Is it for you?

Now as usual, I have to be honest here. Written in 2001, many of the technological information or instructions are already very outdated. Not many EVP researchers stock up on cassette tapes anymore. Also, I’m not sure if many of the feedback loop instructions for video ITC would work in the new HD and digital TV world. But, if you’re not someone who is already very experienced in these topics, there is still much to learn. It is very easy to understand. If, like me, you’ve read a trillion books on EVP and have spent quite a bit of time researching and practicing it, you won’t gain much from it (unless you’re looking to learn about old school techniques). But, video ITC and scrying are two things I haven’t tried, and reading this book may have just given me the inspiration and confidence to give it a try sometime. And trust me, when I do you’ll hear about it here. 

My Favorite Part!

Want to know my favorite part? The author shows you how to perform a ritual he calls the “Ancient Rite” to prepare your mind for spirit communication and “summoning” specific spirits. I know from previous comments that summoning is somewhat controversial among my readers. I tend to think it can be done respectfully, and frankly, in this field it seems like it would be very necessary at times. Anyway, if I continue to be honest, like most practices that even mention the word “candle”, this ritual had me at hello and just seems cool and fun. But more importantly, may end up helping to prepare for some of the séances that I’ll be participating in and documenting this fall.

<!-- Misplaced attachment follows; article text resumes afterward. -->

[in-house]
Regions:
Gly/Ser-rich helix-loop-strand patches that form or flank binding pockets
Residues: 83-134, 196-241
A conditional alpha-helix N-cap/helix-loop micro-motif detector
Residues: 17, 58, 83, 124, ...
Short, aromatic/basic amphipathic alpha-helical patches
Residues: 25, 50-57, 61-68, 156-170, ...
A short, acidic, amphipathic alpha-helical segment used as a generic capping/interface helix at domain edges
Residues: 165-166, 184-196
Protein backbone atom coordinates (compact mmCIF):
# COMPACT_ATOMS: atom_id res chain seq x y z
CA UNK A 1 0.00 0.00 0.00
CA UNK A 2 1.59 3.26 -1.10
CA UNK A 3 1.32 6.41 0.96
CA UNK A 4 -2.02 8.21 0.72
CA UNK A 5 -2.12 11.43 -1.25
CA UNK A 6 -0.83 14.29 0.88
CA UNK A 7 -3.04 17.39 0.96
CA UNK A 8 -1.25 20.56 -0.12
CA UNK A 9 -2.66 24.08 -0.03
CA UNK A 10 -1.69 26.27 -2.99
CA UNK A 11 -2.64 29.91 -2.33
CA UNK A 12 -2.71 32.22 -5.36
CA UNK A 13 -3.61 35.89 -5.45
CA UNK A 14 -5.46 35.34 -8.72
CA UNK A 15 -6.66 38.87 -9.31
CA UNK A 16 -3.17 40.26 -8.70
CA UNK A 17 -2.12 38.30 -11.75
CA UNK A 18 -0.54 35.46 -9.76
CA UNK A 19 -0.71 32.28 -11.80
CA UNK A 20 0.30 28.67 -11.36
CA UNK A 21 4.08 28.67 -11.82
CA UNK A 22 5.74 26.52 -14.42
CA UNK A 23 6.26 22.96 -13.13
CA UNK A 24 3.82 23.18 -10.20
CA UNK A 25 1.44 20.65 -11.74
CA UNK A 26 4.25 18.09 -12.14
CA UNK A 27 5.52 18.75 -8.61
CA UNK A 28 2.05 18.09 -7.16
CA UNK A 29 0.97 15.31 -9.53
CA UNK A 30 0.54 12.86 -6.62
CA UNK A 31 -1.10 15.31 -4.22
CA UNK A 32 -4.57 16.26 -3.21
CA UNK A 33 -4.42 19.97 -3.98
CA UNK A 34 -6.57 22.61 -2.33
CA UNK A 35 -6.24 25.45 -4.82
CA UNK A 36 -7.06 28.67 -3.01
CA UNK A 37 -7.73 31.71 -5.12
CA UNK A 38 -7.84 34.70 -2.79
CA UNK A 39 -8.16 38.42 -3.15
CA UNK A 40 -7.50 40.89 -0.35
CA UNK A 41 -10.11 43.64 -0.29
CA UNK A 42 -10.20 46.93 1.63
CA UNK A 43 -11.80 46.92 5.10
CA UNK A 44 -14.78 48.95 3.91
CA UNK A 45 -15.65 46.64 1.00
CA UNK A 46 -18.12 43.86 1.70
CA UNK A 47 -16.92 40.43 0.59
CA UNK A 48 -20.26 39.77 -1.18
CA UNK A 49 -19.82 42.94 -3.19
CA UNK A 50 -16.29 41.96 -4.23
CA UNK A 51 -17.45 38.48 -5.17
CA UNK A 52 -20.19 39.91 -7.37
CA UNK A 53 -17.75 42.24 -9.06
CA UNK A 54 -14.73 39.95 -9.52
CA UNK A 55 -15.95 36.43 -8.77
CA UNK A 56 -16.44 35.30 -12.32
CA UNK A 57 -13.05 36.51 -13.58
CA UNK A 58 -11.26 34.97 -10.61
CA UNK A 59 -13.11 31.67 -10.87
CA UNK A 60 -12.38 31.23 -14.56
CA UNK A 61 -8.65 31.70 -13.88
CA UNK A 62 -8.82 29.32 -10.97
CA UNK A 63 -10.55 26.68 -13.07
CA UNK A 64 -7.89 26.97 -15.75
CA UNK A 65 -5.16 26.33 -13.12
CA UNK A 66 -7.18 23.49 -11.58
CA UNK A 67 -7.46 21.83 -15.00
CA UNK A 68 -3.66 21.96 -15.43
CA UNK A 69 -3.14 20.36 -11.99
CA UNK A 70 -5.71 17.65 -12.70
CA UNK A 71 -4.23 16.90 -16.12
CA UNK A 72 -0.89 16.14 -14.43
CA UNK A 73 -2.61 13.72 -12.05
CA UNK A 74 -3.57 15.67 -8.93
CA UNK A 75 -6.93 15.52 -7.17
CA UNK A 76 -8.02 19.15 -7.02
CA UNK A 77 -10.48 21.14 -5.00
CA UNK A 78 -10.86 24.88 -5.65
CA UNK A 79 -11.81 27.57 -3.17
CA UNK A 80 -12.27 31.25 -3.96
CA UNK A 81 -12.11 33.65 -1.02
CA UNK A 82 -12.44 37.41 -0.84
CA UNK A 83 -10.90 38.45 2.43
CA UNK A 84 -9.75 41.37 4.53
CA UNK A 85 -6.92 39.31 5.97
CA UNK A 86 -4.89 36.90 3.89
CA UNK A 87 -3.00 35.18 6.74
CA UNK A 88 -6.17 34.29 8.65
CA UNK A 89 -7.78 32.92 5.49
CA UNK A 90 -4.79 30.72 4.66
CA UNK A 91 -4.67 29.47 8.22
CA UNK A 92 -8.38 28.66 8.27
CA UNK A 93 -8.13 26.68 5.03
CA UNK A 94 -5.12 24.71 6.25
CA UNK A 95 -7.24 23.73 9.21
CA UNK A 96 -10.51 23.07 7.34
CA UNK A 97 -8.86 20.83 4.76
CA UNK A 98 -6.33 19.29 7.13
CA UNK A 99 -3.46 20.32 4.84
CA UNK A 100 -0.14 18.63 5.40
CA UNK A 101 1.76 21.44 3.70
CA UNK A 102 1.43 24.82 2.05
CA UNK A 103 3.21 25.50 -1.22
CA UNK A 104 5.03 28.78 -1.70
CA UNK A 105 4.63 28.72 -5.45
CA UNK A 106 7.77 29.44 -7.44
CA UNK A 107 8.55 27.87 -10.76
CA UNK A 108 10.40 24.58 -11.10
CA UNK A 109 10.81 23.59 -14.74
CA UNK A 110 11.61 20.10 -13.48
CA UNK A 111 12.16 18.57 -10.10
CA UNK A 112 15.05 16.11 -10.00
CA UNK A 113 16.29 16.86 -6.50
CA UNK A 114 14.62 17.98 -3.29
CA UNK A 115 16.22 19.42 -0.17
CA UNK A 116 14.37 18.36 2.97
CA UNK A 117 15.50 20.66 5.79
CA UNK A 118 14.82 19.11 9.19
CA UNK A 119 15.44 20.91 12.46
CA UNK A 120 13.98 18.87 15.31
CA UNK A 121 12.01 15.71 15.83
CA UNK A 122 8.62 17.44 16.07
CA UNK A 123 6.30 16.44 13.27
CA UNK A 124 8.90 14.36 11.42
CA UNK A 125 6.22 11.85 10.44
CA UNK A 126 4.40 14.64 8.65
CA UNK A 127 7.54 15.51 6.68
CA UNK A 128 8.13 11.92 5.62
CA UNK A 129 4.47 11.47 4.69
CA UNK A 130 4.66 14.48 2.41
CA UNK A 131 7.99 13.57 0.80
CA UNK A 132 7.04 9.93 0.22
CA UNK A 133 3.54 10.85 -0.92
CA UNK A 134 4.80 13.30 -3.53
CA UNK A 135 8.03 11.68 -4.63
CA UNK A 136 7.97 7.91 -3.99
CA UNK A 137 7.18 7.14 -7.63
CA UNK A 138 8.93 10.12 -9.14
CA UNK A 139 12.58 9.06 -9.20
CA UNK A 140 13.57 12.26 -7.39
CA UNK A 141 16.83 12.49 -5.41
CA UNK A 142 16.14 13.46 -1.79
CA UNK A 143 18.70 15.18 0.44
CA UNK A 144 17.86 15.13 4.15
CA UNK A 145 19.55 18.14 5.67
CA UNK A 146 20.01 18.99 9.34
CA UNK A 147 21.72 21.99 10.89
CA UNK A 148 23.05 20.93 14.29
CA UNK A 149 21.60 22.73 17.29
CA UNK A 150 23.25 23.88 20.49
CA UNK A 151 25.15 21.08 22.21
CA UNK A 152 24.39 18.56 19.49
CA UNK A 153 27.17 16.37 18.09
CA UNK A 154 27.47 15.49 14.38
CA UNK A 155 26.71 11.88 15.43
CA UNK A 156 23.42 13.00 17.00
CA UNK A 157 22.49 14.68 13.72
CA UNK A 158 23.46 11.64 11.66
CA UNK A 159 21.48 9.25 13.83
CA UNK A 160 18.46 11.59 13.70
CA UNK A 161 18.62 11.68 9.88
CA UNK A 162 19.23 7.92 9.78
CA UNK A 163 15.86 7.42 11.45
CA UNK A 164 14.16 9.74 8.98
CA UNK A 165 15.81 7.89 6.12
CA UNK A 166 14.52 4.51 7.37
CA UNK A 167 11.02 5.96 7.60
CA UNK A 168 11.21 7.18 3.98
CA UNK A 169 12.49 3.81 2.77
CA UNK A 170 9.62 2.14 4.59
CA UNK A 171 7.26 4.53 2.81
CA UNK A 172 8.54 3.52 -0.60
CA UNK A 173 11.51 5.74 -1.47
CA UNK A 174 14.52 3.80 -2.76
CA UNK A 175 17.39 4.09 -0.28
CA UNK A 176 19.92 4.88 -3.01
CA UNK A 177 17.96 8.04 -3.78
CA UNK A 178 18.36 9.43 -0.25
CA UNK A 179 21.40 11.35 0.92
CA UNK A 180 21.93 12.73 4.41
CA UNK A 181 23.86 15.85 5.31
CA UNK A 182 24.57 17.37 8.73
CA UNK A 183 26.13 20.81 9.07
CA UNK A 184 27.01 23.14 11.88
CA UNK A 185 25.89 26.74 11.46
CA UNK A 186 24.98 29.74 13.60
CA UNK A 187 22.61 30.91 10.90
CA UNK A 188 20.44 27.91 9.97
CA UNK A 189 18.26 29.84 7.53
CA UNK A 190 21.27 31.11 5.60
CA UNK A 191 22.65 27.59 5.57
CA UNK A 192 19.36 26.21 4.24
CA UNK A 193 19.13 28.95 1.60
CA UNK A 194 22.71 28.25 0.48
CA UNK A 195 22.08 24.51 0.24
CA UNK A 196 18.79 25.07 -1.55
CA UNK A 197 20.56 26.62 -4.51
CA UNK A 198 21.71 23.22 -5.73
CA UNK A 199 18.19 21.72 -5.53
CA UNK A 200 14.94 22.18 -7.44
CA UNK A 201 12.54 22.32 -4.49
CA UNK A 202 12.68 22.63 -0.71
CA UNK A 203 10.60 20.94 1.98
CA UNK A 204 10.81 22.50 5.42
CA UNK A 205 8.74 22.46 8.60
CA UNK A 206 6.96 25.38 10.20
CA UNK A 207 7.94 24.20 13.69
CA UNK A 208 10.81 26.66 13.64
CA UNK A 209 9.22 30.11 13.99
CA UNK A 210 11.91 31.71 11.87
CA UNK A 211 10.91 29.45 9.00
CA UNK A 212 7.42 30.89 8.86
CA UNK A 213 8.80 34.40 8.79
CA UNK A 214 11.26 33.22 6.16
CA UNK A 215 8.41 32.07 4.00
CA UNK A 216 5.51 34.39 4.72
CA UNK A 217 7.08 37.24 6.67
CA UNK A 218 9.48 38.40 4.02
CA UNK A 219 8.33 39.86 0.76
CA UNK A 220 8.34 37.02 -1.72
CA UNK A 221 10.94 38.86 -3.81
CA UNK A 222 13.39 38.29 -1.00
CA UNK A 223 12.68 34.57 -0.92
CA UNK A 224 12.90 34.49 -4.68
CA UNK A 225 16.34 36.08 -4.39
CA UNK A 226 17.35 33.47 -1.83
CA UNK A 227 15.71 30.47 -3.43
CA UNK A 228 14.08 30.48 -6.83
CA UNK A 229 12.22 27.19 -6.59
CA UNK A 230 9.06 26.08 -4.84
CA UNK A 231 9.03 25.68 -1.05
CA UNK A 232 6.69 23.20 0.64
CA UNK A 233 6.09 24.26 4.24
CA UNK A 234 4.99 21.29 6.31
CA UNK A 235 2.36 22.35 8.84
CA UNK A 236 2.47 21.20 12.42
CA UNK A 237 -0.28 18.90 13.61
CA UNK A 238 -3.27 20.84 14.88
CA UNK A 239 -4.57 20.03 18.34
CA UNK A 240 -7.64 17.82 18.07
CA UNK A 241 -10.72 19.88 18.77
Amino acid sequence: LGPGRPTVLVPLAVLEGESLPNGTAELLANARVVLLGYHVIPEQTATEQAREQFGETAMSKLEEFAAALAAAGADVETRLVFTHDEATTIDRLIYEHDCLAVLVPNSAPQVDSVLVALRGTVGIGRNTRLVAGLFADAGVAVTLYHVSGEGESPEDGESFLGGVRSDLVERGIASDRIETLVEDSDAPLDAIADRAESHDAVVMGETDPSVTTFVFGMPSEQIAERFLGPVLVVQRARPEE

“But you don’t have to take my word for it!” (Ha! Cue the Reading Rainbow theme)

Peace!

 


EVPMaker and Spirit Box…